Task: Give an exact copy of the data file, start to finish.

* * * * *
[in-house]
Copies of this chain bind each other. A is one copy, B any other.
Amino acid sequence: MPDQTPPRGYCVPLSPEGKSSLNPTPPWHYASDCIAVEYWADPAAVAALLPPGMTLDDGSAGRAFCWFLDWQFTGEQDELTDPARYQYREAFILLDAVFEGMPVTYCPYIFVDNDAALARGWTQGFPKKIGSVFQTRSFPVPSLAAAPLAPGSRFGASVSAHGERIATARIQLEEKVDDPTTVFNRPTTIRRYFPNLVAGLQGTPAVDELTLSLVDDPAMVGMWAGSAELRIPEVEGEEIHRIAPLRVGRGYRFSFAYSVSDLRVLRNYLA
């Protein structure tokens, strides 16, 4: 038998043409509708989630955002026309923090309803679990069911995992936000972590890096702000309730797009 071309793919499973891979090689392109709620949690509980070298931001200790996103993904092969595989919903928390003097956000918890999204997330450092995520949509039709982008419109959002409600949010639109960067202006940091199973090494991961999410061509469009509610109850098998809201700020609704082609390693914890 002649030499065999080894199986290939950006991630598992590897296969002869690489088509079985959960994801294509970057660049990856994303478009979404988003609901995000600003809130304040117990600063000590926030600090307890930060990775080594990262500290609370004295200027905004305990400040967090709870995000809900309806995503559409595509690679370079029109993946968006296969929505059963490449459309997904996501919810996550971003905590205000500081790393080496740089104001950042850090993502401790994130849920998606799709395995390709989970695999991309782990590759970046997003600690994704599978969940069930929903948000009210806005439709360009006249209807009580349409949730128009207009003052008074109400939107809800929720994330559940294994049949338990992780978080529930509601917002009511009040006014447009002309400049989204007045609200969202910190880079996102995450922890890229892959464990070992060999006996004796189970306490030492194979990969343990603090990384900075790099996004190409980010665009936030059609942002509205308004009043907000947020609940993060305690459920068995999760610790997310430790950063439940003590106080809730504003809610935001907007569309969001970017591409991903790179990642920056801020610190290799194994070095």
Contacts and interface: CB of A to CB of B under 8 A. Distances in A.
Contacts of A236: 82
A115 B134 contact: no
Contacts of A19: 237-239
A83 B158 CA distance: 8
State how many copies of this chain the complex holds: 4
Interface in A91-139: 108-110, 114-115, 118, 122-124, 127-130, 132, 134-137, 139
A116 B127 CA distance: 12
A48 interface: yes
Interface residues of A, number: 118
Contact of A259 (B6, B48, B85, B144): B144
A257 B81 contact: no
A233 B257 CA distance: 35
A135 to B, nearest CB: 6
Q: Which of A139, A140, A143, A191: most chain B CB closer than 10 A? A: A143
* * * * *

[in-house]
Copies of this chain bind each other. A is one copy, B any other.
Amino acid sequence: MPDQTPPRGYCVPLSPEGKSSLNPTPPWHYASDCIAVEYWADPAAVAALLPPGMTLDDGSAGRAFCWFLDWQFTGEQDELTDPARYQYREAFILLDAVFEGMPVTYCPYIFVDNDAALARGWTQGFPKKIGSVFQTRSFPVPSLAAAPLAPGSRFGASVSAHGERIATARIQLEEKVDDPTTVFNRPTTIRRYFPNLVAGLQGTPAVDELTLSLVDDPAMVGMWAGSAELRIPEVEGEEIHRIAPLRVGRGYRFSFAYSVSDLRVLRNYLA
């Protein structure tokens, strides 16, 4: 038998043409509708989630955002026309923090309803679990069911995992936000972590890096702000309730797009 071309793919499973891979090689392109709620949690509980070298931001200790996103993904092969595989919903928390003097956000918890999204997330450092995520949509039709982008419109959002409600949010639109960067202006940091199973090494991961999410061509469009509610109850098998809201700020609704082609390693914890 002649030499065999080894199986290939950006991630598992590897296969002869690489088509079985959960994801294509970057660049990856994303478009979404988003609901995000600003809130304040117990600063000590926030600090307890930060990775080594990262500290609370004295200027905004305990400040967090709870995000809900309806995503559409595509690679370079029109993946968006296969929505059963490449459309997904996501919810996550971003905590205000500081790393080496740089104001950042850090993502401790994130849920998606799709395995390709989970695999991309782990590759970046997003600690994704599978969940069930929903948000009210806005439709360009006249209807009580349409949730128009207009003052008074109400939107809800929720994330559940294994049949338990992780978080529930509601917002009511009040006014447009002309400049989204007045609200969202910190880079996102995450922890890229892959464990070992060999006996004796189970306490030492194979990969343990603090990384900075790099996004190409980010665009936030059609942002509205308004009043907000947020609940993060305690459920068995999760610790997310430790950063439940003590106080809730504003809610935001907007569309969001970017591409991903790179990642920056801020610190290799194994070095």
Contacts and interface: CB of A to CB of B under 8 A. Distances in A.
Contacts of A236: 82
A115 B134 contact: no
Contacts of A19: 237-239
A83 B158 CA distance: 8
State how many copies of this chain the complex holds: 4
Interface in A91-139: 108-110, 114-115, 118, 122-124, 127-130, 132, 134-137, 139
A116 B127 CA distance: 12
A48 interface: yes
Interface residues of A, number: 118
Contact of A259 (B6, B48, B85, B144): B144
A257 B81 contact: no
A233 B257 CA distance: 35
A135 to B, nearest CB: 6
Q: Which of A139, A140, A143, A191: most chain B CB closer than 10 A? A: A143